Deconditioning fails to explain peripheral skeletal muscle alterations in men with chronic heart failure

Brian D. Duscha, Brian H. Annex, Howard J. Green, Anne M. Pippen, William E. Kraus

Research output: Contribution to journalArticle

Abstract

OBJECTIVES: It remains controversial whether the skeletal muscle alterations in chronic heart failure (CHF) are due to disease pathophysiology or result from chronic deconditioning. The purpose of this study was to compare the skeletal muscle of CHP patients to peak oxygen consumption (peak VO2) matched sedentary controls. BACKGROUND: It has been established that skeletal muscle abnormalities are related to the exercise intolerance observed in patients with CHF. METHODS: We studied the skeletal muscle of sedentary controls and patients with CHF matched for age, gender and peak VO2. RESULTS: Hypothesis testing for the effects of group (CHF vs. normal), gender, and the interaction group X gender were performed. For capillary density only gender (p = 0.002) and the interaction of group X gender (p = 0.007) were significantly different. For 3-hydroxyl coenzyme A (CoA) dehydrogenase only group effect (p = 0.004) was significantly different. Mean values for capillary density were 1.46 ± 0.28 for CHF men versus 1.87 ± 0.32 for sedentary control men, 1.40 ± 0.32 for CHF women versus 1.15 ± 0.35 for sedentary control women. The activities for 3-hydroxyl CoA dehydrogenase were 3.09 ± 0.88 for CHF men versus 4.05 ± 0.42 for sedentary control men, 2.93 ± 0.72 for CHF women versus 3.51 ± 0.78 for sedentary control women. CONCLUSIONS: This study suggests that women and men adapt to CHF differently: men develop peripheral skeletal muscle abnormalities that are not attributable to deconditioning; women do not develop the same pathologic responses in skeletal muscle when compared with normal women matched for aerobic capacity.

Original languageEnglish (US)
Pages (from-to)1170-1174
Number of pages5
JournalJournal of the American College of Cardiology
Volume39
Issue number7
DOIs
StatePublished - Apr 3 2002
Externally publishedYes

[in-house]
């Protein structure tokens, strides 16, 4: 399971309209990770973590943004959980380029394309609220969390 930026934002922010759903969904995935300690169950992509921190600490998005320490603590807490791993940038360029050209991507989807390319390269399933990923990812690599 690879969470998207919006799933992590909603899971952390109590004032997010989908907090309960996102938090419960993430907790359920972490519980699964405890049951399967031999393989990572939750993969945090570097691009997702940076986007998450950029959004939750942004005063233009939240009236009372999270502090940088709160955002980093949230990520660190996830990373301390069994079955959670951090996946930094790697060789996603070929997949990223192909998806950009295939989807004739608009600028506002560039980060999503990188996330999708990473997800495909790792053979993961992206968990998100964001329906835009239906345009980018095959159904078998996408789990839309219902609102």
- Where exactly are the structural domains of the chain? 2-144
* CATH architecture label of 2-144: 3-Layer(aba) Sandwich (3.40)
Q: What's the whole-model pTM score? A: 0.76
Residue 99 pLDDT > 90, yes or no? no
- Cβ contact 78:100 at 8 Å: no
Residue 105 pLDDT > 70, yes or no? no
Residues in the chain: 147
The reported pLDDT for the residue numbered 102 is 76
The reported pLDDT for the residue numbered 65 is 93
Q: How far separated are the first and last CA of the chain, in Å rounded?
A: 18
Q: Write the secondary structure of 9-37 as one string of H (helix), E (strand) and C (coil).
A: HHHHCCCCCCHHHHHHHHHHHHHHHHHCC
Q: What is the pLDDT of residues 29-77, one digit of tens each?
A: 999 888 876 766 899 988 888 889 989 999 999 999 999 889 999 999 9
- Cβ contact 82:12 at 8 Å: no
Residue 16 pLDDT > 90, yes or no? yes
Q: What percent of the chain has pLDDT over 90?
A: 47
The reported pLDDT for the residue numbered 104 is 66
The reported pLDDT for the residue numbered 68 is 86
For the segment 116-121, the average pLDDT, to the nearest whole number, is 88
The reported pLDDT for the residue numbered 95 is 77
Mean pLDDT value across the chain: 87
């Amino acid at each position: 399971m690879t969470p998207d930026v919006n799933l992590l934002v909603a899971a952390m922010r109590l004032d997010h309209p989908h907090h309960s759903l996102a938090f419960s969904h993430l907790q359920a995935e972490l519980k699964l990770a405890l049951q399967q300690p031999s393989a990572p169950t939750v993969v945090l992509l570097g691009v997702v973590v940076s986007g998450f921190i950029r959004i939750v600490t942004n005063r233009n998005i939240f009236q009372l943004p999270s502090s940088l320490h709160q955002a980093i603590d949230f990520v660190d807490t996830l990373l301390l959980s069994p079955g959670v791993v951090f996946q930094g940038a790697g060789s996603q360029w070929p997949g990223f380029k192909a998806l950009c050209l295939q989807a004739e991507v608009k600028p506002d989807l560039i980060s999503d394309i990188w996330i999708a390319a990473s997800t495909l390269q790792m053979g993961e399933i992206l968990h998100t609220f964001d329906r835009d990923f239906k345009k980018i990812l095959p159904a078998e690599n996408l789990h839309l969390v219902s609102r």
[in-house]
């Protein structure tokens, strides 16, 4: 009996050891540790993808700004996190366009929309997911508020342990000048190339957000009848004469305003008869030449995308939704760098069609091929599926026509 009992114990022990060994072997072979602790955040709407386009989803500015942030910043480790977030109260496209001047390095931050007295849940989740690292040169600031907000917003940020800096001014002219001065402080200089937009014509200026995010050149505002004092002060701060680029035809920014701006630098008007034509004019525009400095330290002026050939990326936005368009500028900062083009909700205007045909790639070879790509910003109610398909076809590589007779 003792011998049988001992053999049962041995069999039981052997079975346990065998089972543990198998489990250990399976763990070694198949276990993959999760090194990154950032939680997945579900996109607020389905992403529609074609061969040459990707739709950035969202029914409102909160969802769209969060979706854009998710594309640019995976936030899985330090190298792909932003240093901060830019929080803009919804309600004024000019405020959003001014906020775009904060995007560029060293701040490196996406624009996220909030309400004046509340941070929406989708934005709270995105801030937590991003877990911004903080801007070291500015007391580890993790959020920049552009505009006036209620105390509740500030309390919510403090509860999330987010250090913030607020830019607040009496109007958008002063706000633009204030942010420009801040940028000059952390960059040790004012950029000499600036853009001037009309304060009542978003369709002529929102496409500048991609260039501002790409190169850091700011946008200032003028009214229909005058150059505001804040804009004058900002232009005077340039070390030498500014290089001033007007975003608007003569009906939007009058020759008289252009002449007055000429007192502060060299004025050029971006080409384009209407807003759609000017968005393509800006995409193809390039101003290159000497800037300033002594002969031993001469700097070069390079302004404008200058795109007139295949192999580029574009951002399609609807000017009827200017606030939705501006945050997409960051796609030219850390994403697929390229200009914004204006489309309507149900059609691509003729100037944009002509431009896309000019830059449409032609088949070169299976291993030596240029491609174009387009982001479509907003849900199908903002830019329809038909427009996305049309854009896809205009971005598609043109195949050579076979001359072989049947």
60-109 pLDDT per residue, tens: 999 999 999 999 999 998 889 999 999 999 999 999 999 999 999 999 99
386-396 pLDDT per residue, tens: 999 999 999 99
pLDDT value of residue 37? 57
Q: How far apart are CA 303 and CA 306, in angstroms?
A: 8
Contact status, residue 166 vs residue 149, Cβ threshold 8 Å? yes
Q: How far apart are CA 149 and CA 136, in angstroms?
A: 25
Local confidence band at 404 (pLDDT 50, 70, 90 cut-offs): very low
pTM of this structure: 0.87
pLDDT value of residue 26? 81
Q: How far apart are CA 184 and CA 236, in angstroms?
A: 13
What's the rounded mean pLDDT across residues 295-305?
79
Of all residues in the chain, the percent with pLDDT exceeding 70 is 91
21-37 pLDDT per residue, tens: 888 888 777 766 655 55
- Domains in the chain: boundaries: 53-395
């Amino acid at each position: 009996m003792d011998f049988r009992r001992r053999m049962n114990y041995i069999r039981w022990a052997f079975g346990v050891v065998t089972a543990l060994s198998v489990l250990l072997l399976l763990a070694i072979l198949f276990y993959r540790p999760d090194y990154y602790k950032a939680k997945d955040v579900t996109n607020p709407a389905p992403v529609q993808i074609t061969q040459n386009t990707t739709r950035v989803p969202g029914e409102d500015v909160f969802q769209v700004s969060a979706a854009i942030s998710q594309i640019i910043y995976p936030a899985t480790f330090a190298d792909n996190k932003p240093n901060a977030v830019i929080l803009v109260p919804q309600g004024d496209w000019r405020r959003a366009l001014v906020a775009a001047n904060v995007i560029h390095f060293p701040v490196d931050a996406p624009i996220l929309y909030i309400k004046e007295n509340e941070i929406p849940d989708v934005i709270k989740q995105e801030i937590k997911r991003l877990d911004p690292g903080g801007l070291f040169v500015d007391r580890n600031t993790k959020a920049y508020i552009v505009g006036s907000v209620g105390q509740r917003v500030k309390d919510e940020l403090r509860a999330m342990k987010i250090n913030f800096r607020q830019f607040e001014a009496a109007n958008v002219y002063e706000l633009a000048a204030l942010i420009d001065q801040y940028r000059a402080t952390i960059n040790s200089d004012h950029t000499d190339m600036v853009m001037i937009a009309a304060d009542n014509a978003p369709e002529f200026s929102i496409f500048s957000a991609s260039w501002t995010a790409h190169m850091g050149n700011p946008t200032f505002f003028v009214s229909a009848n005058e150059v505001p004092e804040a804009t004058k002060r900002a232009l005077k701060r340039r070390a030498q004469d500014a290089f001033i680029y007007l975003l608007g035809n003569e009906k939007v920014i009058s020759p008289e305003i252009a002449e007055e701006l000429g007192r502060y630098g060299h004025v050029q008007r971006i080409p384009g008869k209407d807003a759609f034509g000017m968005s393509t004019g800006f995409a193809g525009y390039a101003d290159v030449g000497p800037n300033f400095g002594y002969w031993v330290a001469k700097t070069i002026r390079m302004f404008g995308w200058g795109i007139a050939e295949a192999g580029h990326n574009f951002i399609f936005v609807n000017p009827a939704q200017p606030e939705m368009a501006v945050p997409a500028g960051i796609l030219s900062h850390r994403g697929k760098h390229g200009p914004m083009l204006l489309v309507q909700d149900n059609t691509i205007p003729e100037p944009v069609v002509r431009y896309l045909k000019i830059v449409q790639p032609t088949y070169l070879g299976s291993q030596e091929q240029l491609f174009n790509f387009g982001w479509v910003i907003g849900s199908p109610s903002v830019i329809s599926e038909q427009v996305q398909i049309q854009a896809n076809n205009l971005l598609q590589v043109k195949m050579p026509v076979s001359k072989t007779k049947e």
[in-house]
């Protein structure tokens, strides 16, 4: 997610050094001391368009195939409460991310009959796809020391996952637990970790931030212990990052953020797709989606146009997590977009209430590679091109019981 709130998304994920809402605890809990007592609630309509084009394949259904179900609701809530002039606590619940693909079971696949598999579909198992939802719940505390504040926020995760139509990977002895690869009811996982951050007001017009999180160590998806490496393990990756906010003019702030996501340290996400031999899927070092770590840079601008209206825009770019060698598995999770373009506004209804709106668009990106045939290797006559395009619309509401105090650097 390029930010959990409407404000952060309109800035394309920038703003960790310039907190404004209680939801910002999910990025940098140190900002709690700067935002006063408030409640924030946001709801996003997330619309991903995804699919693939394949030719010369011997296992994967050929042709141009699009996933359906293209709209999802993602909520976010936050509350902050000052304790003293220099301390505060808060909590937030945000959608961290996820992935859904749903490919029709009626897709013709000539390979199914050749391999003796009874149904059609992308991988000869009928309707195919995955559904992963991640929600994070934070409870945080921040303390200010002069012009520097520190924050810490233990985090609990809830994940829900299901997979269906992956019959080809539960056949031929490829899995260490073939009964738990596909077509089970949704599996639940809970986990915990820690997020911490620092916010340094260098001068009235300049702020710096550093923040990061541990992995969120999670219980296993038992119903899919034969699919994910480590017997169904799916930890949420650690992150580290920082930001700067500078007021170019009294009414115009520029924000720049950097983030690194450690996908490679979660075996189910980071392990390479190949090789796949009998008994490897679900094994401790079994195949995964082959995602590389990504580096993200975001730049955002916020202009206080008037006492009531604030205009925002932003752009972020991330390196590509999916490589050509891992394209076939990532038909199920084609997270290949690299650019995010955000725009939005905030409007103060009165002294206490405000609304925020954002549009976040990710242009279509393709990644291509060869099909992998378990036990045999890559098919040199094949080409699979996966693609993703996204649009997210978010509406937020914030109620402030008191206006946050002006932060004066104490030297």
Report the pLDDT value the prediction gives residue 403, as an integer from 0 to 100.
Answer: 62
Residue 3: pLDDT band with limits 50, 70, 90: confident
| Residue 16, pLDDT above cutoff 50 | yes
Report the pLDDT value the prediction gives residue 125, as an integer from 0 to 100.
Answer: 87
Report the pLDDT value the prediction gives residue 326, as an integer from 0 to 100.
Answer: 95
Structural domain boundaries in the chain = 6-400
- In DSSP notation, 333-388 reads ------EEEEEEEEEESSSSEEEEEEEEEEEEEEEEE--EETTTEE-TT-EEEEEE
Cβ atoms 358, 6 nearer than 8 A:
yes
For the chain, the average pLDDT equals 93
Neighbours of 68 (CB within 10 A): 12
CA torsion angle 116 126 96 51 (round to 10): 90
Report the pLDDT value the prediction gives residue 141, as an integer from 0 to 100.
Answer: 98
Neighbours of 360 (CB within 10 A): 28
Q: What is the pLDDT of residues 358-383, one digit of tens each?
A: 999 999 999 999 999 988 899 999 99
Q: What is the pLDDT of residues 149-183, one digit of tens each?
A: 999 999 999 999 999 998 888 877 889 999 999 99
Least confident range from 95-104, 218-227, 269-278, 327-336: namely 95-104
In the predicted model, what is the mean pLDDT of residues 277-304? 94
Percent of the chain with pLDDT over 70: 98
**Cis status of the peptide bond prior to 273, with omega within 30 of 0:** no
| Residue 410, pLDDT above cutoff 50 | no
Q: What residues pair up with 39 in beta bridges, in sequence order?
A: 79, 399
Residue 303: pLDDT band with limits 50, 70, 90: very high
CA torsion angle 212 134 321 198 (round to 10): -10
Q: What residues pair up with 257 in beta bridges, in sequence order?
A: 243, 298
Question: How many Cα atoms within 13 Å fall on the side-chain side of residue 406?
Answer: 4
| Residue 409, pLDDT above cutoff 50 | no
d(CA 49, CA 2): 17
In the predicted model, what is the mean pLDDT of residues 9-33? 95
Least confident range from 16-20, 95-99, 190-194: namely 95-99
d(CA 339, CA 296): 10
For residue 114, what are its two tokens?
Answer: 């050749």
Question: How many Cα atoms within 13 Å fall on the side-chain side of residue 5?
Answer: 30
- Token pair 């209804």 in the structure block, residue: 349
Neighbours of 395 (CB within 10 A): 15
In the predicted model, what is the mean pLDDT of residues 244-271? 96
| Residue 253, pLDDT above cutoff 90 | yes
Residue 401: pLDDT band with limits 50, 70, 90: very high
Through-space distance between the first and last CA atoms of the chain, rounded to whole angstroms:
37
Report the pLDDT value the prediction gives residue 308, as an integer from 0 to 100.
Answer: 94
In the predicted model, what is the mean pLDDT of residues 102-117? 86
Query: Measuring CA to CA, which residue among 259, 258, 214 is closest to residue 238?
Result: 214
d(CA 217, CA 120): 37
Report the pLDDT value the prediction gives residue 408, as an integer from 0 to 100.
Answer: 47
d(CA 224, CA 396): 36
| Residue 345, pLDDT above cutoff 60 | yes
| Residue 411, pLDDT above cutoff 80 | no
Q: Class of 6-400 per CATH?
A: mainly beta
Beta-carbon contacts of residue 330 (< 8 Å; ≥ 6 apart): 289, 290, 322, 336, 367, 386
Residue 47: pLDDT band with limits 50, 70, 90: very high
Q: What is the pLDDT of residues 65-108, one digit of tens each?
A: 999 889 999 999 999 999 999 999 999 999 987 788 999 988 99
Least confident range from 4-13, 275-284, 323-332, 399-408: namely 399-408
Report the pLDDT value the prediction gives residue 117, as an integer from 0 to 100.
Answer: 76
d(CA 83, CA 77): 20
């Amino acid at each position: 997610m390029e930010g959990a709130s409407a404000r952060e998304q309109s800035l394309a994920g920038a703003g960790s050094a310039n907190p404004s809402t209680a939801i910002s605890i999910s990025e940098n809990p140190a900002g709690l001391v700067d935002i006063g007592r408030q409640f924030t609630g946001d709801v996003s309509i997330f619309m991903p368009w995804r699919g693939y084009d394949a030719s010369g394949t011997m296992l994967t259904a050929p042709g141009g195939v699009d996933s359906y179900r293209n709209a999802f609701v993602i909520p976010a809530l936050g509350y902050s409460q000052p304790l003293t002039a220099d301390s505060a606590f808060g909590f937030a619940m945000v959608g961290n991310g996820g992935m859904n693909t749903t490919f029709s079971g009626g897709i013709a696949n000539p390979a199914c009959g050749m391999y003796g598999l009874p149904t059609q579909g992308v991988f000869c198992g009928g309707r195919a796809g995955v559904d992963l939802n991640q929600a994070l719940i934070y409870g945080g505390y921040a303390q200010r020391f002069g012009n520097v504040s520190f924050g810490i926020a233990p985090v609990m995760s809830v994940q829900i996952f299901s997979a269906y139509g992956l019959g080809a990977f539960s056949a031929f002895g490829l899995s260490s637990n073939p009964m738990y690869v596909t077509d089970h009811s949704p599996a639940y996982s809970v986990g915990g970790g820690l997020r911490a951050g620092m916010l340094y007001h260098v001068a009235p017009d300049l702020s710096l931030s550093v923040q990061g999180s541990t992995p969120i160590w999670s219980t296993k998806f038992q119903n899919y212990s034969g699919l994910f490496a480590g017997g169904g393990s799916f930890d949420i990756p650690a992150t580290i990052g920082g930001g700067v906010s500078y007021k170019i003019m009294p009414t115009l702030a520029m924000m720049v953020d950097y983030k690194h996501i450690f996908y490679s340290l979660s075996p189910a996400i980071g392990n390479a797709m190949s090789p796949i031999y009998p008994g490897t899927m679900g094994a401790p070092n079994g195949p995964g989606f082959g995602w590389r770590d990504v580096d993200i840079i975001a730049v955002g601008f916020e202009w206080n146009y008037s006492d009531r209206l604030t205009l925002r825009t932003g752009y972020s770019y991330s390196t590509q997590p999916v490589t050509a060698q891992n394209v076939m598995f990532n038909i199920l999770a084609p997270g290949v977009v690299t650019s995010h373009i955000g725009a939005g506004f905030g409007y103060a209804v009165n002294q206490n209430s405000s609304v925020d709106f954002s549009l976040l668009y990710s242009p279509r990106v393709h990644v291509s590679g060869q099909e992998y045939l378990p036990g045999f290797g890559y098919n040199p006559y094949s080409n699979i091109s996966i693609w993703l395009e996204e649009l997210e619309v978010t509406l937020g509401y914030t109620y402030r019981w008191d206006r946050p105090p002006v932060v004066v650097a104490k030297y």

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Skeletal Muscle
Heart Failure
Coenzyme A
Hydroxyl Radical
Oxidoreductases
Oxygen Consumption
Exercise

ASJC Scopus subject areas

  • Cardiology and Cardiovascular Medicine

Cite this

Deconditioning fails to explain peripheral skeletal muscle alterations in men with chronic heart failure. / Duscha, Brian D.; Annex, Brian H.; Green, Howard J.; Pippen, Anne M.; Kraus, William E.

In: Journal of the American College of Cardiology, Vol. 39, No. 7, 03.04.2002, p. 1170-1174.

Research output: Contribution to journalArticle

Duscha, Brian D. ; Annex, Brian H. ; Green, Howard J. ; Pippen, Anne M. ; Kraus, William E. / Deconditioning fails to explain peripheral skeletal muscle alterations in men with chronic heart failure. In: Journal of the American College of Cardiology. 2002 ; Vol. 39, No. 7. pp. 1170-1174.
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abstract = "OBJECTIVES: It remains controversial whether the skeletal muscle alterations in chronic heart failure (CHF) are due to disease pathophysiology or result from chronic deconditioning. The purpose of this study was to compare the skeletal muscle of CHP patients to peak oxygen consumption (peak VO2) matched sedentary controls. BACKGROUND: It has been established that skeletal muscle abnormalities are related to the exercise intolerance observed in patients with CHF. METHODS: We studied the skeletal muscle of sedentary controls and patients with CHF matched for age, gender and peak VO2. RESULTS: Hypothesis testing for the effects of group (CHF vs. normal), gender, and the interaction group X gender were performed. For capillary density only gender (p = 0.002) and the interaction of group X gender (p = 0.007) were significantly different. For 3-hydroxyl coenzyme A (CoA) dehydrogenase only group effect (p = 0.004) was significantly different. Mean values for capillary density were 1.46 ± 0.28 for CHF men versus 1.87 ± 0.32 for sedentary control men, 1.40 ± 0.32 for CHF women versus 1.15 ± 0.35 for sedentary control women. The activities for 3-hydroxyl CoA dehydrogenase were 3.09 ± 0.88 for CHF men versus 4.05 ± 0.42 for sedentary control men, 2.93 ± 0.72 for CHF women versus 3.51 ± 0.78 for sedentary control women. CONCLUSIONS: This study suggests that women and men adapt to CHF differently: men develop peripheral skeletal muscle abnormalities that are not attributable to deconditioning; women do not develop the same pathologic responses in skeletal muscle when compared with normal women matched for aerobic capacity.",
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